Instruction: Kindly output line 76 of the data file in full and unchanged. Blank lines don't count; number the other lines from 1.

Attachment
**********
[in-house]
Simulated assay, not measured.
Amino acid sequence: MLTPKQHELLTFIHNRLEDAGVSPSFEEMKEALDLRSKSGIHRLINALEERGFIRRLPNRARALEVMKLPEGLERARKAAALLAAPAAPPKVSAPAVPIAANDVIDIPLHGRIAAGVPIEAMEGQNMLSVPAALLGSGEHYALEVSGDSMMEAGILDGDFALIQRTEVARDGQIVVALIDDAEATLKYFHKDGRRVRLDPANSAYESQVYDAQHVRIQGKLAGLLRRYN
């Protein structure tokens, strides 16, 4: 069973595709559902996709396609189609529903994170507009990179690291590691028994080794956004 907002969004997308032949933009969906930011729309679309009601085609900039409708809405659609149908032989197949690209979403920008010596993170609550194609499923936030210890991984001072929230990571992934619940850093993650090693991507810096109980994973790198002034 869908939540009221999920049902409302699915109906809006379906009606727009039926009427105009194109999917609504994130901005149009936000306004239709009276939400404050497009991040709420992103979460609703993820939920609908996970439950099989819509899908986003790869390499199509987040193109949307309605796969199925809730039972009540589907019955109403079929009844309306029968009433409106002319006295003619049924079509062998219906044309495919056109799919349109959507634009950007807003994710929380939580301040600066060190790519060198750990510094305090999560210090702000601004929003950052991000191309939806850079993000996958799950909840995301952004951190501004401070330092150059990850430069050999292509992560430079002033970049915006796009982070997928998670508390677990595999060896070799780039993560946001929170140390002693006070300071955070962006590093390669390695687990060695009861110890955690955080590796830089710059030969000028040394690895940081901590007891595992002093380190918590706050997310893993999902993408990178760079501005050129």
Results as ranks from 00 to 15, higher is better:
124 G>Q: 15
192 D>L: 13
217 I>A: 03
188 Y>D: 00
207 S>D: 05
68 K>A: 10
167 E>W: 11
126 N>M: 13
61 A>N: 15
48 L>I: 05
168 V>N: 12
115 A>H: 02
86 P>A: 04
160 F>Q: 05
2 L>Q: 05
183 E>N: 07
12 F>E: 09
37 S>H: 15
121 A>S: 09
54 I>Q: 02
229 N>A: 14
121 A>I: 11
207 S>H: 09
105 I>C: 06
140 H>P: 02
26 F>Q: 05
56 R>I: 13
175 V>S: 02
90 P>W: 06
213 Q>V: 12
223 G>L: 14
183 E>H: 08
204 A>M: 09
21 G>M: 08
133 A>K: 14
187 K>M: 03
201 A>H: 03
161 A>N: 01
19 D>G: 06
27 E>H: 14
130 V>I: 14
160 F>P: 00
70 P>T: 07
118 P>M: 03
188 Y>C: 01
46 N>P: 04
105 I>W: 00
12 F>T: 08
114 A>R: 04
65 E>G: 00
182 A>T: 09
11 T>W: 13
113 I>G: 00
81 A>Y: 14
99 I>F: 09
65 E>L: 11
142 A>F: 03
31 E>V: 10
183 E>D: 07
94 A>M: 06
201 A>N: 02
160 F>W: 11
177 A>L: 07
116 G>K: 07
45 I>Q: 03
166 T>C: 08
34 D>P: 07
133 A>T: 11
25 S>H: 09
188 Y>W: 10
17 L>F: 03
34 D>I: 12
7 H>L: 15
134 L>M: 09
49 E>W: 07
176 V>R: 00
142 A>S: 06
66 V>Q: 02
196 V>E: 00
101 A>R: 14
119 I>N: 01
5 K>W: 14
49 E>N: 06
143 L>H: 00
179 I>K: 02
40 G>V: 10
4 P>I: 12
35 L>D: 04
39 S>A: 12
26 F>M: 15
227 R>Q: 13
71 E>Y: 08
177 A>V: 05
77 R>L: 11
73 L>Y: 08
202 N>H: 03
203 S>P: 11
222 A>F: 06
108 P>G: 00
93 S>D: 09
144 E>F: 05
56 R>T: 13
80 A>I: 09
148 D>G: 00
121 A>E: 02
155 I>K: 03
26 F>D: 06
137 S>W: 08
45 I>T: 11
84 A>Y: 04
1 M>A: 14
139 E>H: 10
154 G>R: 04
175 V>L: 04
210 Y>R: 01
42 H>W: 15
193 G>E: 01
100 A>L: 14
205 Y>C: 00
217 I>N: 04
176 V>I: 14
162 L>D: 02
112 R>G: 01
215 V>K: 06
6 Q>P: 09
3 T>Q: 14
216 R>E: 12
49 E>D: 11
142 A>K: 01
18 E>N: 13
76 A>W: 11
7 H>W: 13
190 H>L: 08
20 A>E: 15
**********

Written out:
17 L>F: 03